This article will examine how the nationalist rhetoric of politicians connected with the broader themes of transnationalism and will assess the resulting policies. I pay special attention to the way the oppositional concepts of nationalism and transnationalism have been dealt within the past by historians and anthropologists, how concepts that emerged in the 19th century still play a role in public discourse and public policy today, and the degree to which these historical concepts have changed. At the same time, the contemporary congressional debate also needs to be understood in the context of both newer transnationalist scholarship and older, "pluralist" thought. The latter, still the reigning school among historians and political scientists, represents the United States as a unified nation-state containing a multiplicity of cultures (Walzer 1982). My analysis will underline that neither pluralist nor transnationalist scholars have sufficiently grappled with the revival of nationalist and restrictionist rhetoric. In particular,it will highlight the relevance of historical precedents in the current movement, something largely overlooked by both transnationalist and pluralist scholarship. (Schneider, 83)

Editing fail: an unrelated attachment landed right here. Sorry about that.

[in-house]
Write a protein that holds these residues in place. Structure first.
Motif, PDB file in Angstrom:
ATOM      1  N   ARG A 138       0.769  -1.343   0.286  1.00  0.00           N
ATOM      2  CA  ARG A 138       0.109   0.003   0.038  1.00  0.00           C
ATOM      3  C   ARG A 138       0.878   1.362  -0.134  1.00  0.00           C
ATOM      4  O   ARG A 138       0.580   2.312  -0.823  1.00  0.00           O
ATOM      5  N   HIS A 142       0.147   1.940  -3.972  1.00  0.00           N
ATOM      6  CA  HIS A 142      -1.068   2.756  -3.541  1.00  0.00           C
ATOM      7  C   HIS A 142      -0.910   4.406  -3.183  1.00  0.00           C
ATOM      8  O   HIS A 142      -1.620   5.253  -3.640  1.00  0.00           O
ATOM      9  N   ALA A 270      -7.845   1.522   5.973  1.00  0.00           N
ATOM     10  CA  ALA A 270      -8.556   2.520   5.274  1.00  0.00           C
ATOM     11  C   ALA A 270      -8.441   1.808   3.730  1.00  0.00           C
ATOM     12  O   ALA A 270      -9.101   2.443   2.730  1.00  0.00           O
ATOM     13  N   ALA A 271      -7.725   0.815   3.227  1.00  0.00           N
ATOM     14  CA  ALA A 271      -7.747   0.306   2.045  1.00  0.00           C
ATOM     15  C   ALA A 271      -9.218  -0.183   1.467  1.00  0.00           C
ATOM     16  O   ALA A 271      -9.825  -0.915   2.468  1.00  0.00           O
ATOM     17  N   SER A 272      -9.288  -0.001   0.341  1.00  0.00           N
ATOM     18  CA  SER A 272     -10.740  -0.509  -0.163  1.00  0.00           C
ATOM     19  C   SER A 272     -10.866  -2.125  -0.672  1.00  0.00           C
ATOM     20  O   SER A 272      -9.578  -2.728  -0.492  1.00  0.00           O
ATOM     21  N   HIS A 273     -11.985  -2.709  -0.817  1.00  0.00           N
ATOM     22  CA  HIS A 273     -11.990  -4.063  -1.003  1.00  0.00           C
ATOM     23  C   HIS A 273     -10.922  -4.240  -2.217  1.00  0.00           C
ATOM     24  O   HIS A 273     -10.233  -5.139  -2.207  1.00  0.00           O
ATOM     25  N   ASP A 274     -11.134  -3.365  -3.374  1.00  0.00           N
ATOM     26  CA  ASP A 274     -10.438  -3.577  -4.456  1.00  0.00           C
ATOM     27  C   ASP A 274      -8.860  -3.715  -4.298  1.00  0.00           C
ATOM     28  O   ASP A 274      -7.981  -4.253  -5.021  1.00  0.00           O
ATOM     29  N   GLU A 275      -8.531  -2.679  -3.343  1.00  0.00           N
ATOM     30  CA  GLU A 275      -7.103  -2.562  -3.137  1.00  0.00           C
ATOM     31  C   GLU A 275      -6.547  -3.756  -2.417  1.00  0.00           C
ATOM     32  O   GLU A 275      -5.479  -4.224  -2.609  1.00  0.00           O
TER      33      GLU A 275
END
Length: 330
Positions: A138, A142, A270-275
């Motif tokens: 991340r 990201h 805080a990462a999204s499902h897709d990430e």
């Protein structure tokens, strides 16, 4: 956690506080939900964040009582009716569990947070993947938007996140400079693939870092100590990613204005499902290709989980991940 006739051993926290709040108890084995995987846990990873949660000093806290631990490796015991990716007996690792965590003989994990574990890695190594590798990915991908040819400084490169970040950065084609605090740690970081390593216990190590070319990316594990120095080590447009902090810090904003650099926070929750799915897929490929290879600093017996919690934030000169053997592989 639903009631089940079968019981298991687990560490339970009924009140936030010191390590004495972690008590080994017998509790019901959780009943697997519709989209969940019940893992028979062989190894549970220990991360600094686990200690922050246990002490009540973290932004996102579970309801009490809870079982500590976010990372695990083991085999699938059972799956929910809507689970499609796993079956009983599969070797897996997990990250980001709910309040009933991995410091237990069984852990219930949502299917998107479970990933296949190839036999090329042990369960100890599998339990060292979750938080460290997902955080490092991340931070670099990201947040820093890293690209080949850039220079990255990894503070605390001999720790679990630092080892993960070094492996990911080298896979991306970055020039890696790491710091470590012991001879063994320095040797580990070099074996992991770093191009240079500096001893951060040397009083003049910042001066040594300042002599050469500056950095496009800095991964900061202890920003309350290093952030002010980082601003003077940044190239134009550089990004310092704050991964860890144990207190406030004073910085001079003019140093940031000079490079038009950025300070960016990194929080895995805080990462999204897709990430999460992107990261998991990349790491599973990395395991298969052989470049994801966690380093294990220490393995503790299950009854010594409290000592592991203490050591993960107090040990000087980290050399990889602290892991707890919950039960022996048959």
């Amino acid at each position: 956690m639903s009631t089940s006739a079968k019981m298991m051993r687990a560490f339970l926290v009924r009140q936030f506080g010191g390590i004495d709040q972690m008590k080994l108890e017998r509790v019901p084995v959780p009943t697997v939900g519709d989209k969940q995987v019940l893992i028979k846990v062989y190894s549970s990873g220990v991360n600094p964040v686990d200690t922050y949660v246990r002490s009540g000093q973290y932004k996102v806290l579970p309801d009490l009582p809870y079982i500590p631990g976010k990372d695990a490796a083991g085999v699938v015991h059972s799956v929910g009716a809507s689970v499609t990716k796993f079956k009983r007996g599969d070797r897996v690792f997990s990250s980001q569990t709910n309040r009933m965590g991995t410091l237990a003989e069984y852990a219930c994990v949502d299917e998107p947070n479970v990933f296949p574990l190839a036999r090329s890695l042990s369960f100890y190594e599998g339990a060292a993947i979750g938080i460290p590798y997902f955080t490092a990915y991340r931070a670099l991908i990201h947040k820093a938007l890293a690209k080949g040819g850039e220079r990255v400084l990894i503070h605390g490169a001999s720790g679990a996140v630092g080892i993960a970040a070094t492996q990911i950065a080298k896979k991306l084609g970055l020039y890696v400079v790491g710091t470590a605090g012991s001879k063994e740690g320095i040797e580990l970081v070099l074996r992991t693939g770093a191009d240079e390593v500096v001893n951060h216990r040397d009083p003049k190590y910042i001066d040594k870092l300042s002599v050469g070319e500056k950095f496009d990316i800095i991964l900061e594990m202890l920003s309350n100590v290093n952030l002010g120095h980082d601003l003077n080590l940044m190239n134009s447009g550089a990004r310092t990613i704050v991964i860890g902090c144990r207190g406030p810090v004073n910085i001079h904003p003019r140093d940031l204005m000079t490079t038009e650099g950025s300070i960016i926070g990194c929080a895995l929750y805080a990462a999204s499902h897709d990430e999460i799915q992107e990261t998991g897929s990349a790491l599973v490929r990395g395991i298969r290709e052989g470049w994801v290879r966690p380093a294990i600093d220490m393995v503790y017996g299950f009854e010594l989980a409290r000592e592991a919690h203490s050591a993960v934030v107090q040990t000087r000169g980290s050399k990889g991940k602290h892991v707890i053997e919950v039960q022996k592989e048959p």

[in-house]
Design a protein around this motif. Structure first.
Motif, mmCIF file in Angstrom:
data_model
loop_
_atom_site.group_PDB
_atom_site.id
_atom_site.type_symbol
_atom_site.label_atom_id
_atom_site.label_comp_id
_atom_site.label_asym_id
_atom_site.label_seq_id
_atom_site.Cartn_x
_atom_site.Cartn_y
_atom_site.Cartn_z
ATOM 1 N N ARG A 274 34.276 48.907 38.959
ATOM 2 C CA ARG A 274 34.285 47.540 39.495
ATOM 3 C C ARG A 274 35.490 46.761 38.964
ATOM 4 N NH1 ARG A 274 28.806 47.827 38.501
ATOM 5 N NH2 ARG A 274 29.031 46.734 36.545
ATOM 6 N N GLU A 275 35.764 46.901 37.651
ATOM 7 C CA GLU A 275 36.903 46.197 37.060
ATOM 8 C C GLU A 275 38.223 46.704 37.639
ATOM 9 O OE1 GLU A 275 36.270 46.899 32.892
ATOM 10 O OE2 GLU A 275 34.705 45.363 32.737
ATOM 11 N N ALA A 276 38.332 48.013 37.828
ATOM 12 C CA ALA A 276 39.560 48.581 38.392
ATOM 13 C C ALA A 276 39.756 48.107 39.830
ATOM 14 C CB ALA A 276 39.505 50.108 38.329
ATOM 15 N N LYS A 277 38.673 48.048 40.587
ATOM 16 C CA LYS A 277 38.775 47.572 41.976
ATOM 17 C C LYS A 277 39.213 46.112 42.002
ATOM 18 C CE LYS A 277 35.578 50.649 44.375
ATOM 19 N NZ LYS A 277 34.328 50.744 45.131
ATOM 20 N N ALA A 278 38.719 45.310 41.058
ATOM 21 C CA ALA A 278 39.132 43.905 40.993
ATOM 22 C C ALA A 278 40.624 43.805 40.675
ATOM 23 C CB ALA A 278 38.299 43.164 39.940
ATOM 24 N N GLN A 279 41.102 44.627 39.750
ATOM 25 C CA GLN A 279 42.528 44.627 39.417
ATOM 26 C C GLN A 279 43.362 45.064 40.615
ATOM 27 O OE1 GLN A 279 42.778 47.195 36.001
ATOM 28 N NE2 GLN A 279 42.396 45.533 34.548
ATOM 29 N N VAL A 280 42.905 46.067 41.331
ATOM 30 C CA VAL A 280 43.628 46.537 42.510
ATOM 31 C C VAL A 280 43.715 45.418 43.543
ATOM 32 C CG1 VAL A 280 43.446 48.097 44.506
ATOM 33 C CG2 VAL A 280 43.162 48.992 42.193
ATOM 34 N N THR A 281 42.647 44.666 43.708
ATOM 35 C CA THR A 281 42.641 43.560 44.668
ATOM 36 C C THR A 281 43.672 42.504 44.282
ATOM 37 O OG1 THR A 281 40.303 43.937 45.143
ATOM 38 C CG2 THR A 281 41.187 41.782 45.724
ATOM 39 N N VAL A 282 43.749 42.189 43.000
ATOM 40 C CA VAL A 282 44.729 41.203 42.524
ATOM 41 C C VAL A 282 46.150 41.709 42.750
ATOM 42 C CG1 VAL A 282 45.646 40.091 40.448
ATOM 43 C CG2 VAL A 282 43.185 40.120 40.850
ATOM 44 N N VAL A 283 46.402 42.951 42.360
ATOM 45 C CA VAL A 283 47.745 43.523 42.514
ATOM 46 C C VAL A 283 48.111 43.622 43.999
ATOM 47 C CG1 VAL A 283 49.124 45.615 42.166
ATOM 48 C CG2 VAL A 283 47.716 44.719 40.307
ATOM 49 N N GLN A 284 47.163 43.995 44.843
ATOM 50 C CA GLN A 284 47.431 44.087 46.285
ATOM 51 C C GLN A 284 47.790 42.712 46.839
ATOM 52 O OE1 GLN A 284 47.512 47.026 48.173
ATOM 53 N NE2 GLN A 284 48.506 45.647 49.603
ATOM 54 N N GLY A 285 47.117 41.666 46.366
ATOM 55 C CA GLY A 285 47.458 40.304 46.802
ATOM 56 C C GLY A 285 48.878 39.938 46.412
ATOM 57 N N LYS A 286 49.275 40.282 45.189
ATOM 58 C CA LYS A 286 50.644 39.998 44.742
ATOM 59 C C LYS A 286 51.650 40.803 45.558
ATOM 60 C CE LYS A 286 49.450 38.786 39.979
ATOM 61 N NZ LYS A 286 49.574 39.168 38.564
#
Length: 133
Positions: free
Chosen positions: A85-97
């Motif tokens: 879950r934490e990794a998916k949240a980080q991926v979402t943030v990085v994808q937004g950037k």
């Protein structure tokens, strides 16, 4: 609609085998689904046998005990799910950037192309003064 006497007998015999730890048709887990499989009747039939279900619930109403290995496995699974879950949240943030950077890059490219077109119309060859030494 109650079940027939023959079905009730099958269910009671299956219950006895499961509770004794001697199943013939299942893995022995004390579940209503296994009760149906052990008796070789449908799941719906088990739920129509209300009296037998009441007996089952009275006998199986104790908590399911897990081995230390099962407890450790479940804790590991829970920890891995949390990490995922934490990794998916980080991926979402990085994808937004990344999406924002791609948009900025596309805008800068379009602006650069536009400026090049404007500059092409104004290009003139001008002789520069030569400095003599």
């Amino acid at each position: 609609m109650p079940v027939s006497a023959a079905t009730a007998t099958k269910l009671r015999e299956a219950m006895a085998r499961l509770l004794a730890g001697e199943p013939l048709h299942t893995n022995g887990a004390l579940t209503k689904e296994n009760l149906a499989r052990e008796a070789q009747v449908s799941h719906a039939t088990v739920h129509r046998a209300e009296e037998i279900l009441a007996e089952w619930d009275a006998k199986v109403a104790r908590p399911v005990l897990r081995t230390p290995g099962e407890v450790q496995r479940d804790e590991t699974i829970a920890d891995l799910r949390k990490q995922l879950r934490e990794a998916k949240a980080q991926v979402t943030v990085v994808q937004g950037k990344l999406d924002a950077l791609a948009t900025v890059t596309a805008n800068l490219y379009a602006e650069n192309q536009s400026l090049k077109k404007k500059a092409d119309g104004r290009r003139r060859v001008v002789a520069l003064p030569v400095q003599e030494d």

About the Author
Schneider is a Lectureer at the University of Illinois. Her areas of specialization are the United States, 19th Century Immigrant and Labor History.